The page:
Let us not conclude that since the causes of violence against activists are systemic in nature, we should not bother to address conditions on the ground. Certainly, we should strive to protect the forest protectors and arrest their murderers. I hardly need offer a reason why. In fact, conditions are ripe to end the tactics of violent intimidation of indigenous forest protectors once and for all. These conditions include public awareness of indigenous rights and the history of their physical and cultural genocide, coupled with the technological means to make their stories known. Let us make this murder visible, and establish that no longer will such dirty work remain in the shadows.
For the violence to end though, such efforts must be accompanied by broader changes. Otherwise, protecting a forest here only increases the pressure to liquidate a forest somewhere else. Stopping an oil well in Ecuador increases the pressure to open a lithium mine in Bolivia. Saving the Amazon shifts logging and mineral exploitation to the Congo.
What, specifically, should these broader changes be? Debt cancellation would be a good start, accompanied by stewardship agreements like those Rafael Correa proposed. Just as current development lending is contingent on infrastructure spending and austerity policies, debt cancellation could proceed in stages contingent on good forest stewardship. The indigenous communities that the desperation for money tears apart would have another source of income: the preservation of their homelands. The need to provide for their families would no longer conflict with the sacred calling to preserve their forests.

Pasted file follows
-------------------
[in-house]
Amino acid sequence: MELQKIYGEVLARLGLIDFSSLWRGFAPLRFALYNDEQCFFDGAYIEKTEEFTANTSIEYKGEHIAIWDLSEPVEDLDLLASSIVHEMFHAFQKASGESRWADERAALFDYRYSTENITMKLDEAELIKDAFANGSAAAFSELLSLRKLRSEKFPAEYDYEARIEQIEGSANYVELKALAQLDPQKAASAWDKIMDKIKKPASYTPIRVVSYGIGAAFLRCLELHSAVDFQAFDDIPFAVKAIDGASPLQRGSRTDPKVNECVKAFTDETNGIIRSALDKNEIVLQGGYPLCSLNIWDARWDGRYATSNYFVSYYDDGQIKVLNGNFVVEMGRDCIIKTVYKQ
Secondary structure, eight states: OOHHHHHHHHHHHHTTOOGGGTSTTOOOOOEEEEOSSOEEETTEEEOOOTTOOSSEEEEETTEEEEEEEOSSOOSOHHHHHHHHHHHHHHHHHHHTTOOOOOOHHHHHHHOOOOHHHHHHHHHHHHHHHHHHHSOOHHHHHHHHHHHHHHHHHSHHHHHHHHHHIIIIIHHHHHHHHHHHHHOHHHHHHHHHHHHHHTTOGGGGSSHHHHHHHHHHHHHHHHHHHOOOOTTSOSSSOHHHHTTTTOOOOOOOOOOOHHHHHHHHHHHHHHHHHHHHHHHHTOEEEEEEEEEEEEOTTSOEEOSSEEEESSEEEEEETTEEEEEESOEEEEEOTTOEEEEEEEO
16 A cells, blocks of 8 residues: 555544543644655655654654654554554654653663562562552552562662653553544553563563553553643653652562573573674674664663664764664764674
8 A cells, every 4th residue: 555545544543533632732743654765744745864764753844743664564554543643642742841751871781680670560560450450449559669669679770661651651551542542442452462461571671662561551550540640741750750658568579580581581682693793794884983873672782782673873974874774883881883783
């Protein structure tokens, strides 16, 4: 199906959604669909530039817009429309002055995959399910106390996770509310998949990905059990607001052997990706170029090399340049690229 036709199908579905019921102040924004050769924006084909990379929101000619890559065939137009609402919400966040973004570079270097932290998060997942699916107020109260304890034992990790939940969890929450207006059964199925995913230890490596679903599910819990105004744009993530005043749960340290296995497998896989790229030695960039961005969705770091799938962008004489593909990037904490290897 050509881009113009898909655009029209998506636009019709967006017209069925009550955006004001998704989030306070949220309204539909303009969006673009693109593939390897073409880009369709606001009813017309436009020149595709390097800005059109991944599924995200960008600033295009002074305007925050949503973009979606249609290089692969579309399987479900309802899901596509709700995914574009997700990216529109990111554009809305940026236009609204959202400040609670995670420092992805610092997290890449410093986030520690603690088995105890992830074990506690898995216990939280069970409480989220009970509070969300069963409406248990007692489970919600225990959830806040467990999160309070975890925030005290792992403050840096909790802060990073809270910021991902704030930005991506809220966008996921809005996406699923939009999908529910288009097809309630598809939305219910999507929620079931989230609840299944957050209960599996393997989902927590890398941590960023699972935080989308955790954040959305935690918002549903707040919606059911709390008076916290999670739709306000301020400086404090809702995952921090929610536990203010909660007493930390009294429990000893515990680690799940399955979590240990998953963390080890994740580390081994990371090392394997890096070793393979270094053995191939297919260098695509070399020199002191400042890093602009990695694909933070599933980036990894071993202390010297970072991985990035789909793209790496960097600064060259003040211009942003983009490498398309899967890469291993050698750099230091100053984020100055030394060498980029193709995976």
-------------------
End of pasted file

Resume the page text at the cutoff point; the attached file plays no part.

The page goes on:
Ecuador’s external public debt is around $35 billion. Full cancellation would cost one-third US spending on the war in Ukraine last year. Reducing the interest rate to zero instead would cost a tiny fraction of that. The same could be done for all ecologically critical nations, relieving much of the pressure on their ecosystems, at a cost far lower than the world’s military budgets. Isn’t the point of military spending supposed to be security? What could be more important to security than the ecological resiliency and climatic stability that rain forests provide?
Of course, the external debt of Ecuador and other countries is itself embedded in a larger context. It is a product of the nature of money itself (money as we know it, that is). Remove the debt, and the pressures will eventually rise again in a different form. But it is a good first step, an immediate and doable stopgap measure to stanch the hemorrhaging of indigenous blood and ecological treasure.